August 4, 2018 – Several drones armed with explosives fly towards Maduro in an apparent assassination attempt during a military parade.
The next day, the interior minister announces that six people have been arrested in connection with the attack. Maduro is not injured.
September 8, 2018 – The New York Times
reports secret meetings between US officials and Venezuelan military officers planning a coup against Maduro. CNN confirms the report, which describes a series of meetings over the course of a year.
September 25, 2018 – The United States imposes sanctions
on Maduro’s wife and three other members of his inner circle, as an attempt to weaken his grip on power.
September 26, 2018 – Maduro speaks at the UN General Assembly,
calling the humanitarian crisis in his country a “fabrication.” He accuses the United States and its Latin American allies of “trying to put their hands in our country.”
January 10, 2019 – Maduro is sworn in for his second term,
although most democratic countries in the region refuse to recognize him as president. The Organization of American States says its member nations voted 19-6, with eight abstentions, to not recognize the legitimacy of Maduro’s government.
January 23, 2019 –
Juan Guaido, who leads the National Assembly, declares himself the interim president
amid anti-government protests. Following Guaido’s announcement, US President Donald Trump
says that the United States recognizes him as the legitimate president. Maduro accuses the United States of backing an attempted coup and gives US diplomats 72 hours to leave the country.
April 30, 2019 –
During a live televised address, Maduro claims troops loyal to him defeated a “coup-de-etat attempt”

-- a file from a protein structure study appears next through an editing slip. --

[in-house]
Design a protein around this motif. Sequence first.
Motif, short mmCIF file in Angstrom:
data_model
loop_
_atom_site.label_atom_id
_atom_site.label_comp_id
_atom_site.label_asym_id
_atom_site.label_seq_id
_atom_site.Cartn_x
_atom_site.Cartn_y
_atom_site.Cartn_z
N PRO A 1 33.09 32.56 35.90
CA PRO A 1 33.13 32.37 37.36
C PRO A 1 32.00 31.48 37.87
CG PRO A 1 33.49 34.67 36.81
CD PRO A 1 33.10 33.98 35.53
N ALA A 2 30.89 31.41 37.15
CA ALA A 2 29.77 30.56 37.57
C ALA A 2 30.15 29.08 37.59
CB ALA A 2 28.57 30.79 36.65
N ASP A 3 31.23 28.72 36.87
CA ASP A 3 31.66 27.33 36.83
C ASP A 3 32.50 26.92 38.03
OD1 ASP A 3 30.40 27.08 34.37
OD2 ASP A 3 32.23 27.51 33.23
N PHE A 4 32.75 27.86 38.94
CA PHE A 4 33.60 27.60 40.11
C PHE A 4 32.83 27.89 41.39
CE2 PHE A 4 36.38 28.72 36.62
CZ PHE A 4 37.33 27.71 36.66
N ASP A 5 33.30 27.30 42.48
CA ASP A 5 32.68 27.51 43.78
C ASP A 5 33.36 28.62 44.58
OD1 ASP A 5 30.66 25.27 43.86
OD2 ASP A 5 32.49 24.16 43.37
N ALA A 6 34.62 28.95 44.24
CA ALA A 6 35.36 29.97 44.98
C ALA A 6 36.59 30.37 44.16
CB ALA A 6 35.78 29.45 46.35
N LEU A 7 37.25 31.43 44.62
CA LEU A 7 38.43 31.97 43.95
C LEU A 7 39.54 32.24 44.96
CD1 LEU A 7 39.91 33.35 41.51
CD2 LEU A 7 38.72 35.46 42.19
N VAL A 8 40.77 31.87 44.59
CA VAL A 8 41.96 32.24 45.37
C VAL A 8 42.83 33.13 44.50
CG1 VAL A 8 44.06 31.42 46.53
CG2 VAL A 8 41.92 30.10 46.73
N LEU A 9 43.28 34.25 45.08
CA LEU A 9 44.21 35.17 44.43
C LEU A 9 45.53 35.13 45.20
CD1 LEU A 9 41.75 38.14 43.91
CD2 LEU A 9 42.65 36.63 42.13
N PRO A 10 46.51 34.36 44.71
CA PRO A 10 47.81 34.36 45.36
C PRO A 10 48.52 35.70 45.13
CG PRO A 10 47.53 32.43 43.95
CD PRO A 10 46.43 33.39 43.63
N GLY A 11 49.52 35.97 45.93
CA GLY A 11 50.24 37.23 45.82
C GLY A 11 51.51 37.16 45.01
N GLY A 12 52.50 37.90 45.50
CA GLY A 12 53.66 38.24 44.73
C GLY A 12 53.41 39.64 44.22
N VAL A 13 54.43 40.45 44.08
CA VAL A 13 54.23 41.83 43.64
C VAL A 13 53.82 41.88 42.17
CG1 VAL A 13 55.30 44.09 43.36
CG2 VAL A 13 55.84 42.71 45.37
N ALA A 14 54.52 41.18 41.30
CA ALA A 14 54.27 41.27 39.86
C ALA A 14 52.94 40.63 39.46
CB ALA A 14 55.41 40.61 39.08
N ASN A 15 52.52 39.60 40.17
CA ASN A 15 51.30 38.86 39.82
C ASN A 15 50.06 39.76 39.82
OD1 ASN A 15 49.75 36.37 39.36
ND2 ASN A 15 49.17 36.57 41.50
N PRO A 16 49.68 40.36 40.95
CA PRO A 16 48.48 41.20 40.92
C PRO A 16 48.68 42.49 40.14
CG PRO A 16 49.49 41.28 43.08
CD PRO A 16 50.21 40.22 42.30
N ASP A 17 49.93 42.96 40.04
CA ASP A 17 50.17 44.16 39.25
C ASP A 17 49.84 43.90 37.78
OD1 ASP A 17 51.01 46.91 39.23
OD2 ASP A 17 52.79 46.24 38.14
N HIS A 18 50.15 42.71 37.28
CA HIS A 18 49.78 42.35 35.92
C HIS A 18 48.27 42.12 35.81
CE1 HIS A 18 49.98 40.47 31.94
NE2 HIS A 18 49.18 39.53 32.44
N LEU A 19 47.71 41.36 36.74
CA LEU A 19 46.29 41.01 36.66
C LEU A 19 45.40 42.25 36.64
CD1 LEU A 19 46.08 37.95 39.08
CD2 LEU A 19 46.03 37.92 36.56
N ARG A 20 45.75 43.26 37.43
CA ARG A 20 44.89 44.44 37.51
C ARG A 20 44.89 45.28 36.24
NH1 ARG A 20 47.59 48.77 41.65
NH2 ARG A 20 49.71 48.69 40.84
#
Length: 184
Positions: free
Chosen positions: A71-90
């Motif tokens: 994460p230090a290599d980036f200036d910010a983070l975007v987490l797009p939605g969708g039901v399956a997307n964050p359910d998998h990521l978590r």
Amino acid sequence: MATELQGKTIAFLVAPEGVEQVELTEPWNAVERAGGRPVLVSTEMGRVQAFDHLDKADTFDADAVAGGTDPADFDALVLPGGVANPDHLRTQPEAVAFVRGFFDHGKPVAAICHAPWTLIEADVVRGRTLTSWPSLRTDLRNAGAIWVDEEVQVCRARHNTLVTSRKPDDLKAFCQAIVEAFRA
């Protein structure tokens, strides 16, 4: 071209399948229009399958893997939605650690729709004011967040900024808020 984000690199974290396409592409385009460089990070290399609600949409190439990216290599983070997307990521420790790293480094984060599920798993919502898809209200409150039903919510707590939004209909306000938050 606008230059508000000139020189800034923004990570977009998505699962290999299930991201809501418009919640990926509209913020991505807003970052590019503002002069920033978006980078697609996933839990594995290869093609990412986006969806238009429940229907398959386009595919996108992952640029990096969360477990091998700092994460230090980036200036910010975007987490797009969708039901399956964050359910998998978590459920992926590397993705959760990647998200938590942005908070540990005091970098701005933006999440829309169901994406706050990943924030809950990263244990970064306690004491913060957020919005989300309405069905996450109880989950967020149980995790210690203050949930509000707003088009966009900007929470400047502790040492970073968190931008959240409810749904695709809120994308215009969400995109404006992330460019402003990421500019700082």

by Trump and national security adviser John Bolton. US Secretary of State Mike Pompeo
tells CNN that Maduro had been preparing to depart the country via airplane
, but Russians convinced him to stay. A spokeswoman for the Russian foreign ministry says Pompeo’s claim is false.
July 4, 2019 – The UN High Commissioner for Human Rights publishes a report highly critical of the Maduro regime. Based on research conducted January 2018 to May 2019, the report “highlights patterns of violations directly and indirectly affecting all human rights.” Responding a few days later, Maduro says the report contains manipulations and inaccurate data.
March 26, 2020 – The Justice Department announces narco-terrorism and other criminal charges against Maduro and senior leaders from his government
. Federal prosecutors in New York’s Southern District, Miami and Washington, DC, allege the officials are the leaders of the so-called Cartel de los Soles and coordinate with the Colombian rebel group FARC to traffic cocaine to the United States.
May 4, 2020 –
In a live address on state television, Maduro reports that two American “mercenaries” have been apprehended after a failed coup attempt to capture and remove him.
He identifies the captured Americans as Luke Denman, 34, and Airan Berry, 41. He shows what he claims are the US passports and driver’s licenses of the men, along with their ID cards from Silvercorp, a Florida-based security services company. On August 8, the men are sentenced to 20 years in prison.